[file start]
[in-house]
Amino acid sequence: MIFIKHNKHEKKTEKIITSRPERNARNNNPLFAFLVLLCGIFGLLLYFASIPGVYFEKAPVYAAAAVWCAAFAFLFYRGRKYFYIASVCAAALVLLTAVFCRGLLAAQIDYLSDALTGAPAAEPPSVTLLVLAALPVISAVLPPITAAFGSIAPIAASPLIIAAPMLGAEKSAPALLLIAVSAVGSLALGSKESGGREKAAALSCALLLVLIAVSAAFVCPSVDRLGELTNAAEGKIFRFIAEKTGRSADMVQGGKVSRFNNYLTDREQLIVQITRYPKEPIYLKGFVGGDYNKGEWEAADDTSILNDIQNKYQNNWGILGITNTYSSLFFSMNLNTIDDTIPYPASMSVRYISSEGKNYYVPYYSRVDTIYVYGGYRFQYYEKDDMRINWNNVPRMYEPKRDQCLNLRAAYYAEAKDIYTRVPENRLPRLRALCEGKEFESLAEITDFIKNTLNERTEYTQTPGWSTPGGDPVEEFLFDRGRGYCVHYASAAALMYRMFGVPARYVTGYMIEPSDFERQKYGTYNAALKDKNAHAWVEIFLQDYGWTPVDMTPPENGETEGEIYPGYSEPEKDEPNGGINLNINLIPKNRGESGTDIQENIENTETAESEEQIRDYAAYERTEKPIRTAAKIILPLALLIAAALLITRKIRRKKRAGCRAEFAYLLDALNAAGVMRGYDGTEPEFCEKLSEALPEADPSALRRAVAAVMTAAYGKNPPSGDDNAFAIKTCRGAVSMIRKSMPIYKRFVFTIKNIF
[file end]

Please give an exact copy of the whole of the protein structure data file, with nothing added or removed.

[in-house]
Amino acid sequence: MIFIKHNKHEKKTEKIITSRPERNARNNNPLFAFLVLLCGIFGLLLYFASIPGVYFEKAPVYAAAAVWCAAFAFLFYRGRKYFYIASVCAAALVLLTAVFCRGLLAAQIDYLSDALTGAPAAEPPSVTLLVLAALPVISAVLPPITAAFGSIAPIAASPLIIAAPMLGAEKSAPALLLIAVSAVGSLALGSKESGGREKAAALSCALLLVLIAVSAAFVCPSVDRLGELTNAAEGKIFRFIAEKTGRSADMVQGGKVSRFNNYLTDREQLIVQITRYPKEPIYLKGFVGGDYNKGEWEAADDTSILNDIQNKYQNNWGILGITNTYSSLFFSMNLNTIDDTIPYPASMSVRYISSEGKNYYVPYYSRVDTIYVYGGYRFQYYEKDDMRINWNNVPRMYEPKRDQCLNLRAAYYAEAKDIYTRVPENRLPRLRALCEGKEFESLAEITDFIKNTLNERTEYTQTPGWSTPGGDPVEEFLFDRGRGYCVHYASAAALMYRMFGVPARYVTGYMIEPSDFERQKYGTYNAALKDKNAHAWVEIFLQDYGWTPVDMTPPENGETEGEIYPGYSEPEKDEPNGGINLNINLIPKNRGESGTDIQENIENTETAESEEQIRDYAAYERTEKPIRTAAKIILPLALLIAAALLITRKIRRKKRAGCRAEFAYLLDALNAAGVMRGYDGTEPEFCEKLSEALPEADPSALRRAVAAVMTAAYGKNPPSGDDNAFAIKTCRGAVSMIRKSMPIYKRFVFTIKNIF